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‘They just jangle keys you barely remember’: ‘The Flash’ and its misguided reliance on nostalgia couldn’t be summed up any better

The nail has truly been hit on the head.

nicolas cage the flash
Image via Warner Bros.

Thanks largely to the Marvel Cinematic Universe, superhero movies – especially ones that revolve around the idea of the multiverse or alternate realities – feel obliged to shoehorn in as many cameos as humanly possible in order to satiate a crossover-hungry fanbase. In the case of The Flash, though, the execution was fundamentally flawed from the beginning.

Even if we ignore the questionable methods used by the production team that involved combing through YouTube for clips of dead actors to be used in a $200 million blockbuster, there’s an element of niche pandering that appears to be for the sole benefit of director Andy Muschietti’s amusement more than anything else.

Ezra Miller as Barry Allen in 'The Flash'
Screenshot via Warner Bros/DC Studios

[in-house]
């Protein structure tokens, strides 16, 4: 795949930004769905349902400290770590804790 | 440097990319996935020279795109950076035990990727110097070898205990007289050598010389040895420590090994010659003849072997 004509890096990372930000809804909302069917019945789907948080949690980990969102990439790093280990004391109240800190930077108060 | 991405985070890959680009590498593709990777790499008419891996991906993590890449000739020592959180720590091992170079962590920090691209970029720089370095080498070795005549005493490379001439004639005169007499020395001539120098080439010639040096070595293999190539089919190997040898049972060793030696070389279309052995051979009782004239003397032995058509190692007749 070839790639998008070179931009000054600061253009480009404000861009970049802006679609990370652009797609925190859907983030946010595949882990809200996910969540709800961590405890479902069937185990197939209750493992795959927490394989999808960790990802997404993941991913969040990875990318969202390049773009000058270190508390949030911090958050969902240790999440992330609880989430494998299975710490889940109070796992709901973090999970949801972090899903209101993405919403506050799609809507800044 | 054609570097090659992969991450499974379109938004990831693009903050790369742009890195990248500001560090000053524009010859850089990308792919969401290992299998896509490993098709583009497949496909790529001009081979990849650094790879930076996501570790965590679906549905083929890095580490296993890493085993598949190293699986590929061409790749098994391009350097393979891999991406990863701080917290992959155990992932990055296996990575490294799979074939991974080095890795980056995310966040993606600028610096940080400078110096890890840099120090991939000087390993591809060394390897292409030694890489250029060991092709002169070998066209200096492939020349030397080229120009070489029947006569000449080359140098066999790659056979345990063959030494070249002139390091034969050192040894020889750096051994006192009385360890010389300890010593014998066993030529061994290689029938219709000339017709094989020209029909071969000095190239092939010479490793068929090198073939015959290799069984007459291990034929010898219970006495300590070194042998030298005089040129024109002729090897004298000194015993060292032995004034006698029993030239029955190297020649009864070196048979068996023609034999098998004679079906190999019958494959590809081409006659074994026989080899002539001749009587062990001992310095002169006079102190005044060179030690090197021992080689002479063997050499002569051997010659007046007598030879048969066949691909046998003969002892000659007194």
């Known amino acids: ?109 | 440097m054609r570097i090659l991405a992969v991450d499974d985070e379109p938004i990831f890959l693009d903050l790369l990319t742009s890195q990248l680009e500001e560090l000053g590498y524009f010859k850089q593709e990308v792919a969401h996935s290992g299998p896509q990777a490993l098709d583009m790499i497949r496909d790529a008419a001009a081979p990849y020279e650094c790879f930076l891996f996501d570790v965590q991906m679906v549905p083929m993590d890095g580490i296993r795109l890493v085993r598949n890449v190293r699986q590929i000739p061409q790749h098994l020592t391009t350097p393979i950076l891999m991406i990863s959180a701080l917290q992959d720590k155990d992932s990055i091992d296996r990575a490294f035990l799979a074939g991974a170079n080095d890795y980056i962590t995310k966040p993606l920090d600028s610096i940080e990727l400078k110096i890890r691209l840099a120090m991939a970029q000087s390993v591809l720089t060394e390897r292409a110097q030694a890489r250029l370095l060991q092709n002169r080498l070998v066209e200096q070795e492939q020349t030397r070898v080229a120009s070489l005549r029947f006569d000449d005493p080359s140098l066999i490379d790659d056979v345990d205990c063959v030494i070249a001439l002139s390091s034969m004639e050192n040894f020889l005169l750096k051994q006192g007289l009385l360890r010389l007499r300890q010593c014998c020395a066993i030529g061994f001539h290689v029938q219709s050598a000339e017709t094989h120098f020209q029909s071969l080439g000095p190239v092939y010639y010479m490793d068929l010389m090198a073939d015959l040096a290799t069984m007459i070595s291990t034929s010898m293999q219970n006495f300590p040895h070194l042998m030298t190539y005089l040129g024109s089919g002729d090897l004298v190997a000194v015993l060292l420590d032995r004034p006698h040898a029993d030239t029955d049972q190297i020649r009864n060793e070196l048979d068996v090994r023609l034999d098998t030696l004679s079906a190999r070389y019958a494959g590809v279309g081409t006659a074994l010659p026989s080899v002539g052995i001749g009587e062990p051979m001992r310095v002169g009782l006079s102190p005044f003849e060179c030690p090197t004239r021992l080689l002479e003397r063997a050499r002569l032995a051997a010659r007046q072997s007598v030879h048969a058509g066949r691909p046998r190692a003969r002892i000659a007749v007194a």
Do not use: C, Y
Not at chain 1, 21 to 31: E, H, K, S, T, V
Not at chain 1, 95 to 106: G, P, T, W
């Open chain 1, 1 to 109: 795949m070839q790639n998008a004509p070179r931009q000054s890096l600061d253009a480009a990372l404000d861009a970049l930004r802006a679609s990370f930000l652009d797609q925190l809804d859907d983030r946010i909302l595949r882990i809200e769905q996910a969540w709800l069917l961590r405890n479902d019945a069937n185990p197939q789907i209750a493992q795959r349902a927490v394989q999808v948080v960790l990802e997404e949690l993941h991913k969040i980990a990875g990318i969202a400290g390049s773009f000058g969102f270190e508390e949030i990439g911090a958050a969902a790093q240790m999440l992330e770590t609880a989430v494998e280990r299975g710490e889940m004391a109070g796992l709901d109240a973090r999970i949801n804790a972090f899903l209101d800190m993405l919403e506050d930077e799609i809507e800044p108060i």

If we’re being honest, a huge part of the main target audience for The Flash – which is typically the 18-34 bracket for big budget escapism – may not have even seen Michael Keaton’s two-film stint as Batman that ended 30 years ago, while Nicolas Cage appearing as Superman only makes sense if you’re aware he almost played the role in Tim Burton’s abandoned Superman Lives that fell apart a quarter of a century in the past.

George Reeves, Christopher Reeve, and Helen Slater aren’t exactly deep cuts, but the former have been dead for some time and the latter headlined one of DC’s worst-ever features, so it’s hard to discern who exactly their haunting guest spots are supposed to appeal to.

In fact, a Reddit thread remarking on The Flash as a whole hit the nail pretty perfectly on the head when the cameos were described as “jangling keys you barely remember,” which is a damn sight different to Avengers: Endgame drafting in everybody to hammer home the importance of the Infinity Saga’s final chapter.

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Scott Campbell

News, reviews, interviews. To paraphrase Keanu Reeves; Words. Lots of words.